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Emerg Infect Dis. 2003 Jul;9(7):788-93.

Acute flaccid paralysis and West Nile virus infection.

Author information

1
Centers for Disease Control and Prevention, Atlanta, Georgia 30333, USA. zea3@cdc.gov

Abstract

Acute weakness associated with West Nile virus (WNV) infection has previously been attributed to a peripheral demyelinating process (Guillain-Barré syndrome); however, the exact etiology of this acute flaccid paralysis has not been systematically assessed. To thoroughly describe the clinical, laboratory, and electrodiagnostic features of this paralysis syndrome, we evaluated acute flaccid paralysis that developed in seven patients in the setting of acute WNV infection, consecutively identified in four hospitals in St. Tammany Parish and New Orleans, Louisiana, and Jackson, Mississippi. All patients had acute onset of asymmetric weakness and areflexia but no sensory abnormalities. Clinical and electrodiagnostic data suggested the involvement of spinal anterior horn cells, resulting in a poliomyelitis-like syndrome. In areas in which transmission is occurring, WNV infection should be considered in patients with acute flaccid paralysis. Recognition that such weakness may be of spinal origin may prevent inappropriate treatment and diagnostic testing.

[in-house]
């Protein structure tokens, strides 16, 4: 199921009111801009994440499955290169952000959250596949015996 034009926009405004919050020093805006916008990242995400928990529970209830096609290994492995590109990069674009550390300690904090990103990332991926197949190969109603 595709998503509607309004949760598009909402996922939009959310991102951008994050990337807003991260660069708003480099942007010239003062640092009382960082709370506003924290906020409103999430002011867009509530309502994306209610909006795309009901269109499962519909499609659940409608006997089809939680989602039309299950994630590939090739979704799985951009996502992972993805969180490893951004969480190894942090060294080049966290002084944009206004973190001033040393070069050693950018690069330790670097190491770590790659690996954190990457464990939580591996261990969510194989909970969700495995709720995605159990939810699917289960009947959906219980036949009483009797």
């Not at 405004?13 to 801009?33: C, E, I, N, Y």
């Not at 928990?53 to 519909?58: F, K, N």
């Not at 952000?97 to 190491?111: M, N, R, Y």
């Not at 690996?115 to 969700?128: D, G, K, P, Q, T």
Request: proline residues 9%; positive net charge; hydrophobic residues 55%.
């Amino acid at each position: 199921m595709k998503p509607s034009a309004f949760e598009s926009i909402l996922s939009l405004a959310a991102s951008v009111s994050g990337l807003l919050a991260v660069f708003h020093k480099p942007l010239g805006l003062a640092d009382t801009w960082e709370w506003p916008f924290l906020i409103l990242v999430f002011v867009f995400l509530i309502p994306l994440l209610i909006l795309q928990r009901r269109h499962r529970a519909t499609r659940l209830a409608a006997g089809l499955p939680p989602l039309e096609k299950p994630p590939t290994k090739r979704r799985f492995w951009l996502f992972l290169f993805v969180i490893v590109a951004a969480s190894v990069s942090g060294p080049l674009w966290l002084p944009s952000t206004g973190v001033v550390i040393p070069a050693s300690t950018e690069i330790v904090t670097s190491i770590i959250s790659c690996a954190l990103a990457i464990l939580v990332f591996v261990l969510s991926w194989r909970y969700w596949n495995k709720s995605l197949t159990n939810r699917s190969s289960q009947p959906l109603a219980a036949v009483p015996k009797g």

Comment in

PMID:
12890318
PMCID:
PMC3023428
DOI:
10.3201/eid0907.030129
[Indexed for MEDLINE]
Free PMC Article

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